So invest a small amount of cash and a little time, the flavor is sweet and just a little spicy and perfect any time of the year. One note, the marinade will caramelize when you cook the burger, so don’t worry, the burger isn’t burned, it just turns darker than a plain beef burger does. I made extra of the sauce of plan to marinate some steak tips and cook them on the grill if we can get any warm days in New England any time soon.
Democratic Peoples’ Republic of Korea burger
1 Asian pear
1 teaspoon ground black pepper
½ cup soy sauce
5 cloves of garlic minced
1 Tablespoon sesame oil
2 Tablespoons mirin
4 scallions sliced
1 teaspoon chili garlic sauce
1 pound chuck steak cubed
8 ounces of dry buckwheat noodles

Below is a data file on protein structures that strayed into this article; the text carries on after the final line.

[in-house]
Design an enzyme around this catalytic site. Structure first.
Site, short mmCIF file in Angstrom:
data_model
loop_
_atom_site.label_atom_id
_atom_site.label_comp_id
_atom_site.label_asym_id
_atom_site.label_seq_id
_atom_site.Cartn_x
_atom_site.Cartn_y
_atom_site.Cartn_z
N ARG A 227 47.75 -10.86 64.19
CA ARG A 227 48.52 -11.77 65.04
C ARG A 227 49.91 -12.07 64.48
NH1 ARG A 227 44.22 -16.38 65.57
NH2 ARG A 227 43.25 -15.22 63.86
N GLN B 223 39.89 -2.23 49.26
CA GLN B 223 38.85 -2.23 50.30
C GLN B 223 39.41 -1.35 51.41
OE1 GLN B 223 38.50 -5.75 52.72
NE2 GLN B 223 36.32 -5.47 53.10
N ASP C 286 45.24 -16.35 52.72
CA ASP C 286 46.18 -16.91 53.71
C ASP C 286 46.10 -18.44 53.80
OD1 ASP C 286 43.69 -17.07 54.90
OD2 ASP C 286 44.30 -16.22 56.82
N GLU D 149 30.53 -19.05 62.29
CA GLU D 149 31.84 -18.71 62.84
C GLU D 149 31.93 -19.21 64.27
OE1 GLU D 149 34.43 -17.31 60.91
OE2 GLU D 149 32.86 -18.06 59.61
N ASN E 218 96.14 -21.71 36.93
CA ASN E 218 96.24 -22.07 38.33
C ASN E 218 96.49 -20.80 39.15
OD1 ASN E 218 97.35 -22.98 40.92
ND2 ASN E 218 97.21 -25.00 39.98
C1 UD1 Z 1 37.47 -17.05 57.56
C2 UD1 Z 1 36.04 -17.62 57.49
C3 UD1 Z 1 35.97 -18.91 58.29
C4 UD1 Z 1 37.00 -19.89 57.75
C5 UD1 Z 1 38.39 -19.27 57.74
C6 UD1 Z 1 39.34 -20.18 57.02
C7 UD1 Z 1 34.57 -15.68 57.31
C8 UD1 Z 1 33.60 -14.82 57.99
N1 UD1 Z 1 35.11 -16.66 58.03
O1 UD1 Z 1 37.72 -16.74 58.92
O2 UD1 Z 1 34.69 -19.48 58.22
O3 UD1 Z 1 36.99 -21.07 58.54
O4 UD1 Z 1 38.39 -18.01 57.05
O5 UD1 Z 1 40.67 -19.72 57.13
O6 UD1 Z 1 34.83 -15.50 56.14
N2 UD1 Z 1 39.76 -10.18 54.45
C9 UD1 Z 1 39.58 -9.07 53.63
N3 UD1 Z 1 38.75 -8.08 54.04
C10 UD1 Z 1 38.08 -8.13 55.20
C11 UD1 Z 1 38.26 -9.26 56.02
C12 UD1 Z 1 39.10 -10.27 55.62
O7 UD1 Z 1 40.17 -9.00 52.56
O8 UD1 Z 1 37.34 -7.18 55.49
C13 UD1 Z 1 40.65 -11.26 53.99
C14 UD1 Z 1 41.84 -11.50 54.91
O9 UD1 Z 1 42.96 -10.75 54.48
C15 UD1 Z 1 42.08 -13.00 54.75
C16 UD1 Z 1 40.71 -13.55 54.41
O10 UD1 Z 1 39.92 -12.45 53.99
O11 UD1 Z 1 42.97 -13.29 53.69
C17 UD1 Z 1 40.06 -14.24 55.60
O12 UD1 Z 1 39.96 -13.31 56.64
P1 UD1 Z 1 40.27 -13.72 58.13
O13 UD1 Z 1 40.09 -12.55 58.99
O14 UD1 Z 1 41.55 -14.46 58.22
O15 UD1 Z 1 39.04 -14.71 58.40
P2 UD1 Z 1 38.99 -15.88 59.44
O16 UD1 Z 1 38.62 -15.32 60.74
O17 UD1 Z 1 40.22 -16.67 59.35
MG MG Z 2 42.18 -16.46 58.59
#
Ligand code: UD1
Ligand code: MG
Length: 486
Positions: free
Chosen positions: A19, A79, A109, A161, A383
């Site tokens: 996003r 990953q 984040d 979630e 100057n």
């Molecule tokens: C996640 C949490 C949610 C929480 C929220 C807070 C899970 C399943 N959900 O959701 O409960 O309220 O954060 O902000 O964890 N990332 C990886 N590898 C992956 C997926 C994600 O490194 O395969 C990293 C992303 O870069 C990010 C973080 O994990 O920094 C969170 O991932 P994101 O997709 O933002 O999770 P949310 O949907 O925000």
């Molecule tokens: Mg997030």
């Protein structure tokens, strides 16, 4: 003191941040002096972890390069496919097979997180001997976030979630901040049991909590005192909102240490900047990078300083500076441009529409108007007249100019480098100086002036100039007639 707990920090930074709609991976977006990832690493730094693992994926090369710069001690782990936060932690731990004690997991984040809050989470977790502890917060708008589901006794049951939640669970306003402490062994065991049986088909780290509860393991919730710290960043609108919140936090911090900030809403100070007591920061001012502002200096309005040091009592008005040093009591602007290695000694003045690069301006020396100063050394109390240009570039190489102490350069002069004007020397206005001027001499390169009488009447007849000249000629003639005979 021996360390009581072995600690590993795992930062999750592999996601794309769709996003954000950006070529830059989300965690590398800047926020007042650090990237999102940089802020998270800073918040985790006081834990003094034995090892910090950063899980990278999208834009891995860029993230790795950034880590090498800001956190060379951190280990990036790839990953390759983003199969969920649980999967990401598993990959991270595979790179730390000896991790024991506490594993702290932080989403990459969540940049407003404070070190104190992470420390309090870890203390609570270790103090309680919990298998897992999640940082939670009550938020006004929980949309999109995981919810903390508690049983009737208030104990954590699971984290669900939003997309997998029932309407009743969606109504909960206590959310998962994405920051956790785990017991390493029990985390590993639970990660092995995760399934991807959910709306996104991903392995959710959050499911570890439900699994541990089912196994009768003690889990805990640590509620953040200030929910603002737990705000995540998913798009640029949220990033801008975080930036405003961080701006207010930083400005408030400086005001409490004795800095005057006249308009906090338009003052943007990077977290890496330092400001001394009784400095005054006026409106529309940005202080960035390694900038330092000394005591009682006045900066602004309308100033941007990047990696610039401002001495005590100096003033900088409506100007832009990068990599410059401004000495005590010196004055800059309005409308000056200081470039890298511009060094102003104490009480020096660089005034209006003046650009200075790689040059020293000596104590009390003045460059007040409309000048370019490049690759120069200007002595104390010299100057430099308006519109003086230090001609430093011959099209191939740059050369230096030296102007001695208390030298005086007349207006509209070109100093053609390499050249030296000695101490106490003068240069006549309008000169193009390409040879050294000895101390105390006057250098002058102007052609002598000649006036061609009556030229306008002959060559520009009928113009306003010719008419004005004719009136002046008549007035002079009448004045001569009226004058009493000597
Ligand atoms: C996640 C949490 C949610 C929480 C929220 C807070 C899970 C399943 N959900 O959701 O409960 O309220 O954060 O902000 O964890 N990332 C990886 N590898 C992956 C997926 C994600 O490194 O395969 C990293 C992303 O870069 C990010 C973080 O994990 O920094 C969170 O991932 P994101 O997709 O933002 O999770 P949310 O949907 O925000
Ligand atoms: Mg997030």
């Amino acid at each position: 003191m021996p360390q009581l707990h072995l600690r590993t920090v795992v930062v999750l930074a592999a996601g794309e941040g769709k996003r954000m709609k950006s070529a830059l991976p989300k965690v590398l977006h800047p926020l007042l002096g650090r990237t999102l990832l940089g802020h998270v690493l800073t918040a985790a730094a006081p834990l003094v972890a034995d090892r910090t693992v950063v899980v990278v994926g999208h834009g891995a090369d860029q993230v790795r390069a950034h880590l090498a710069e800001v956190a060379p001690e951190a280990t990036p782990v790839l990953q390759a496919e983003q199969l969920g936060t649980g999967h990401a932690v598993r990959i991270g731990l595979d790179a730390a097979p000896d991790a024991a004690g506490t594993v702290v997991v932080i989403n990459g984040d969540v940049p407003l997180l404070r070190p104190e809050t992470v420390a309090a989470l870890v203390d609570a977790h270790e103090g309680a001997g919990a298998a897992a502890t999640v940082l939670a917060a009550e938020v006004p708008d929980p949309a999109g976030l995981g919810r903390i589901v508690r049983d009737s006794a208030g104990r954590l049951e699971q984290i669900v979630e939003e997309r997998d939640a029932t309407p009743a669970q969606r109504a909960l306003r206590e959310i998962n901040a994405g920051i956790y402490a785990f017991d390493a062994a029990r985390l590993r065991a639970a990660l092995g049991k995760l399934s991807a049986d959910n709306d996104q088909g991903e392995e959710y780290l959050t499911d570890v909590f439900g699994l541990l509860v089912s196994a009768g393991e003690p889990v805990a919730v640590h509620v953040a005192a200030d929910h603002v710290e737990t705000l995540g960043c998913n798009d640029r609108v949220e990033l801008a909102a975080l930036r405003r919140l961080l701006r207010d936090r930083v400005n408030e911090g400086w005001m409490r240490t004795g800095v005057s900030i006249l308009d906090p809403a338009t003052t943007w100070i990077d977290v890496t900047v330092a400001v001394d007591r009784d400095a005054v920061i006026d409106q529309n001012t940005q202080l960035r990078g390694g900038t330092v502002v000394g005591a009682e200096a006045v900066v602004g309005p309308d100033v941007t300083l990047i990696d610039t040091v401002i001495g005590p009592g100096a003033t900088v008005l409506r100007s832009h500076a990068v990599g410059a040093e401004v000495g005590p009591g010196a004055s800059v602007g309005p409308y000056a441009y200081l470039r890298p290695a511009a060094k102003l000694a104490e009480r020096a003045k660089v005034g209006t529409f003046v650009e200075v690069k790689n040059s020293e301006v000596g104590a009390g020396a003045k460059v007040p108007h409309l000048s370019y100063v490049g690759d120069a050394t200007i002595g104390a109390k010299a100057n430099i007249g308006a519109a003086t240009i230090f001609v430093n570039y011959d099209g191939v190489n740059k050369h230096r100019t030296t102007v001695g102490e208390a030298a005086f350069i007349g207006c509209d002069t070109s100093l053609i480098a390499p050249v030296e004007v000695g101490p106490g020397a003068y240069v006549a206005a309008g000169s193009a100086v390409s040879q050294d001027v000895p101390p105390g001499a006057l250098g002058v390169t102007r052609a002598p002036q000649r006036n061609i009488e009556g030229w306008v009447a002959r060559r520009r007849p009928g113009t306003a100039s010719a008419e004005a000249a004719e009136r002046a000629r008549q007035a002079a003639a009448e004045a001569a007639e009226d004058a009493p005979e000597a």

2 Tablespoons kimchi brine
2 Tablespoons chicken broth
2 Tablespoons beef broth
1 Asian pear sliced thin
½ English cucumber sliced thin
Cooked down marinade
In a large glass bowl, grate Asian pear (using the fine side of the grater). Add the next seven ingredients to the pear and stir until combined. Add cubed beef into the marinade and refrigerate for at least 12 hours or overnight. Remove the meat from the marinade (save the marinade) blotting the excess sauce. Grind the meat using the fine attachment for the meat grinder. Form four patties from the meat and grill to desired temperature.
Meanwhile transfer the marinade to a small saucepan, bring to a boil and continue shimmering for 10-15 minutes over medium heat. Use either hot or room temperature.
In a large saucepan, cook the noodles per the package instructions. Rinse the noodles under cold water until the noodles are completely cool. Mix the kimchi brine and the chicken and beef broth in a small bowl. Portion the noodles into four portions. Pour some of the broth mixture over each portion of noodles. Layer some kimchi on the noodles, then the burger, Asian pear, cucumber, cooked down marinade and top with sliced scallion.
©Copyright 2011 Linda Monach